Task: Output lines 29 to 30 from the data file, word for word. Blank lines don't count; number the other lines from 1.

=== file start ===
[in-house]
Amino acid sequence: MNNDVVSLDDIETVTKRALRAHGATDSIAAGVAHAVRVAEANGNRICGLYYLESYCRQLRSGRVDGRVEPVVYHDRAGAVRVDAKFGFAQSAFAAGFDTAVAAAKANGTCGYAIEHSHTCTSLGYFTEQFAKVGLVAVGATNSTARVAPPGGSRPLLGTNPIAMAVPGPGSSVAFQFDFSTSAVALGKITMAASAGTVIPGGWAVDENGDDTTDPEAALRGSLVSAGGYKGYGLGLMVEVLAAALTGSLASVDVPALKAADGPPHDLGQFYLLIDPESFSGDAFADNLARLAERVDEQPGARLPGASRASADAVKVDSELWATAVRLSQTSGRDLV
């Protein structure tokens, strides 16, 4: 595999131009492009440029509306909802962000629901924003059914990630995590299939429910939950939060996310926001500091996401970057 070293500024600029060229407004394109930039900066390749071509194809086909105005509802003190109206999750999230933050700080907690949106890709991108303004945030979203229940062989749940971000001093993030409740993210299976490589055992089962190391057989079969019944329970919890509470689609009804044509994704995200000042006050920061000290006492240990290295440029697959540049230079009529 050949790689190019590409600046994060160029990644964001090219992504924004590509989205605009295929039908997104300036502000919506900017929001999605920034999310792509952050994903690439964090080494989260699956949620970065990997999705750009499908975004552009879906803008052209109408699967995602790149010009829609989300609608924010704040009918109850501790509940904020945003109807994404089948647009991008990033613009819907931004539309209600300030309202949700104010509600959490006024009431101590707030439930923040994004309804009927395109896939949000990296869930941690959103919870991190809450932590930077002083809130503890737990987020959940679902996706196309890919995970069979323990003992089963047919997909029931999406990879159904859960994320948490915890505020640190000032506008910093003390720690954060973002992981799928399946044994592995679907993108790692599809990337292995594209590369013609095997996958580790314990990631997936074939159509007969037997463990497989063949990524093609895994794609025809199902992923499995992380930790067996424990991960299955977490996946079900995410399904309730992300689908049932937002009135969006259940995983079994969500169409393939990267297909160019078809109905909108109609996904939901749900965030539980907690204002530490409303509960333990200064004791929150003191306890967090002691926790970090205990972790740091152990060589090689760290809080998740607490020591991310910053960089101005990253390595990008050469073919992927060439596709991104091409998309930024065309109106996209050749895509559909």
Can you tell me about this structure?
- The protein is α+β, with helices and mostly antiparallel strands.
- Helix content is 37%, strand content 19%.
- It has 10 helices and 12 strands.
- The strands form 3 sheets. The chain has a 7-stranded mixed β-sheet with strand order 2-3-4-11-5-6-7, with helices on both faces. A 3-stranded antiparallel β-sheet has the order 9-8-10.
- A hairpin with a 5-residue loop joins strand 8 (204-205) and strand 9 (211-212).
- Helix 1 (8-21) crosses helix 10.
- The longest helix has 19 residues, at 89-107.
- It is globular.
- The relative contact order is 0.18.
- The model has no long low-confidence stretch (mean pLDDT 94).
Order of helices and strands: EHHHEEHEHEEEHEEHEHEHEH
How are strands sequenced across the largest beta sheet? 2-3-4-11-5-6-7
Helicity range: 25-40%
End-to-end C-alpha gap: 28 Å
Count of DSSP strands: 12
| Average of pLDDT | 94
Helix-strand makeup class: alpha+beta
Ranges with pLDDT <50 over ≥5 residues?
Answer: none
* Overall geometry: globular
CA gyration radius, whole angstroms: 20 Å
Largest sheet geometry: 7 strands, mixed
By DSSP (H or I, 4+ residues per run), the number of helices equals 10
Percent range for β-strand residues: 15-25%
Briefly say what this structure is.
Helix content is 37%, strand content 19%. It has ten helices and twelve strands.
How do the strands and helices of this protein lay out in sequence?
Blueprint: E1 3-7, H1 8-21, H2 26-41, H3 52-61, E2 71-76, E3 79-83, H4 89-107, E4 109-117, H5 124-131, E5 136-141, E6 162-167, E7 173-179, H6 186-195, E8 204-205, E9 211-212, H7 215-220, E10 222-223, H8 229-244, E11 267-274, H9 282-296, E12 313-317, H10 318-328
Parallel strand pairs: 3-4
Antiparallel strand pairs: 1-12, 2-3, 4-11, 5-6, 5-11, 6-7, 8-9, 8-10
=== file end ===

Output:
Briefly say what this structure is.
Helix content is 37%, strand content 19%. It has ten helices and twelve strands.